Last week, I looked at the life of Hugh Preston Fiscel, and in particular his service during the First World War. I wrote that he was the only veteran of that conflict of whom I was aware of being buried in Congressional Cemetery. While that statement was true when written, I heard shortly thereafter of five others who had this honor, including two who actually perished in the war. More on these men in the future, but I wanted to look again at Fiscel himself, as I was able to spend some hours at the Library of Congress since I wrote about him.
Fiscel registered for the draft on June 5, 1917, the day on which all men between the ages of 21 and 30 were to do so according the Selective Service Act of 1917, which had been signed just over two weeks earlier by President Wilson. At the time, he was a farm laborer working for his father in Gettysburg, Pennsylvania.
On February 14 of the following year, Fiscel enlisted in the Army – in other words, he was not drafted. He was assigned to the 20th Engineers, under Col. William Augustus Mitchell (pictured) About six weeks later, Fiscel and the rest of Company B, 9th Battalion, boarded the USS Northern Pacific in Hoboken, NJ for the passage to Brest. Fiscel was 25 years old at the time – and married. He married the 18-year-old May L. Penn some time in the year between his registering and embarkation. Not only that, he had moved to Capitol Hill, to a small house on 6th Street NE, just north of H Street. (The area called “Old City” these days, a term that gives certain ex-patriate cartographers “the vapors”–Maria.)
Fiscel’s time during the war was quiet. It was only after the Armistice that tragedy befell him, in the form of a “compound fracture of the right leg.” This happened eight days after the guns ceased firing. It must have been a fairly severe break, as he was shipped home on March 3, 1919, well before the rest of his company. His destination in the US was Greenhut Hospital, which had been opened at 18th Street and Sixth Avenue in New York City as a debarkation hospital, i.e., a place for injured soldiers to arrive in the U.S. and stay – for no more than ten days – before being sent onwards to hospitals nearer their home.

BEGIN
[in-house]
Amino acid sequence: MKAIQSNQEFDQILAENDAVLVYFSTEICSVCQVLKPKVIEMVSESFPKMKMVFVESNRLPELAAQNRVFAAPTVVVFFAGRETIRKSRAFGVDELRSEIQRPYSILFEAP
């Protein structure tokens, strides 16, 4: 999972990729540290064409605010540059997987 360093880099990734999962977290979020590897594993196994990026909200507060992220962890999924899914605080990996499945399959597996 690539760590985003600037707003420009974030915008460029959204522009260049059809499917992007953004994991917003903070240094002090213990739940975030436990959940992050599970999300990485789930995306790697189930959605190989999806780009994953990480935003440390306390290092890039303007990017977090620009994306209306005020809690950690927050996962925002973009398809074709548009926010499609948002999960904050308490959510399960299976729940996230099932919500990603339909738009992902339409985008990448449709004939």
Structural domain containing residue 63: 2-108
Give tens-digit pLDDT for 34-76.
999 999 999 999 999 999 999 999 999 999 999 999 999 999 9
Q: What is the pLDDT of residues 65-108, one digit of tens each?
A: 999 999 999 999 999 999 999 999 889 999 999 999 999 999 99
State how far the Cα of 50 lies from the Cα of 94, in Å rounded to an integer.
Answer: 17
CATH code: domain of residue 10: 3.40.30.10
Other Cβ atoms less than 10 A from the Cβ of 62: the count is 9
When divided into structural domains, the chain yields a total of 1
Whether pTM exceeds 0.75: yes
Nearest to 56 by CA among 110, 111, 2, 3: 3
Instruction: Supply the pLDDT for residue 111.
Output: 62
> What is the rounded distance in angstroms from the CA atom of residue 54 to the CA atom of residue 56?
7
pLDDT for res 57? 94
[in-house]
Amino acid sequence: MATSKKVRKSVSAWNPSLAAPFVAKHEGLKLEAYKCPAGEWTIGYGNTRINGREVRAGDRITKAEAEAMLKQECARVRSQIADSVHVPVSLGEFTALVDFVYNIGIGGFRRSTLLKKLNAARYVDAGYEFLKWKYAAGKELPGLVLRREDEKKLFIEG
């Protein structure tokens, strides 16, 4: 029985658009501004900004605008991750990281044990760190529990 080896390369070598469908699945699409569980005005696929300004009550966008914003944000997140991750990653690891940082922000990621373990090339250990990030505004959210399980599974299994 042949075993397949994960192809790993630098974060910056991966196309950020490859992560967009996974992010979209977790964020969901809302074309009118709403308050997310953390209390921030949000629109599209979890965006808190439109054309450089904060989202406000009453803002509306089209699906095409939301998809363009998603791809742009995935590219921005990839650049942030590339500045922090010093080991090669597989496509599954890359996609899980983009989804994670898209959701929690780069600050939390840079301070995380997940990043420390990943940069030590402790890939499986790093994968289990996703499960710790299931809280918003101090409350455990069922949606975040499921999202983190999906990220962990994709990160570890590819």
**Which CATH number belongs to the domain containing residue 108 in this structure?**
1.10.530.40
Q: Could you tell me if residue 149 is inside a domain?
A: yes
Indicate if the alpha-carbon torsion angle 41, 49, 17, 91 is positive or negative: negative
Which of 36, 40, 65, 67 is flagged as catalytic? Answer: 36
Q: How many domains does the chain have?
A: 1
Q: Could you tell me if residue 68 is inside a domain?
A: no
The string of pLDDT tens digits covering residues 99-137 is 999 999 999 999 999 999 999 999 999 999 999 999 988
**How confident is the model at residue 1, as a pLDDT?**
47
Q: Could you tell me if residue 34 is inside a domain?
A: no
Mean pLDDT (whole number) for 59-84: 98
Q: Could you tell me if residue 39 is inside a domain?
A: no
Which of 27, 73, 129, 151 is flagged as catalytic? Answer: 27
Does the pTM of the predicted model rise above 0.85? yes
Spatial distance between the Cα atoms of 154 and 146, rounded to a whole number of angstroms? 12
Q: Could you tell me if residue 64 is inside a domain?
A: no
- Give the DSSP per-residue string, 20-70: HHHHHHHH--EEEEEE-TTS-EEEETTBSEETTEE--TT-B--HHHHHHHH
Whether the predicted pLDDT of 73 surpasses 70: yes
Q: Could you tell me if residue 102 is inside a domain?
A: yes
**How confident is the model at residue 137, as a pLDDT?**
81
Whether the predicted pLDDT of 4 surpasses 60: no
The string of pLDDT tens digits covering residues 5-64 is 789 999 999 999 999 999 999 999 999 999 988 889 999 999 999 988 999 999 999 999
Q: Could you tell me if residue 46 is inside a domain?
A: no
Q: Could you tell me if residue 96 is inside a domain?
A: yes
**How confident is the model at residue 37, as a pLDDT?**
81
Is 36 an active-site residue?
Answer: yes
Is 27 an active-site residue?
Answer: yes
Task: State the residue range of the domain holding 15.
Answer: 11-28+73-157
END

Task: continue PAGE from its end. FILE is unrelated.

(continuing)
The USS Mt. Vernon, the ship on which he traveled had had quite an exciting war. Built as the SS Kronprinzessin Cecilie in Stettin, Germany (Today Szczecin, Poland) she had been interned in Maine at the beginning of hostilities, then turned over to the Army for transport when the US joined the war. After numerous Atlantic crossings, on September 5, 1918, she was struck by a German torpedo, and had to limp back to Brest. She was patched up and by the time repairs were completed, the war was over, and she was put into service returning soldiers from Europe. Fiscel traveled on her first voyage after her repairs.
On April 26, 1919, Hugh Fiscel received an honorable discharge from the army at Camp Meade, Maryland, having spent the last four weeks attached to the 154th Depot Brigade there. It was, however, not the last time he would have interactions with the military. On January 16, 1940, Fiscel applied for money from the Commonwealth of Pennsylvania under their 1934 “Veterans’ Compensation Act.” He was awarded $140 for his 14 months of service.
Two years later, Fiscel found himself registering, once more, for the draft: The 1942 “Old man’s draft.” While the men so registered were not expected to serve, there was some interest in determining which men were available. Like most of those who filled out these cards, Fiscel had no further contact with the military.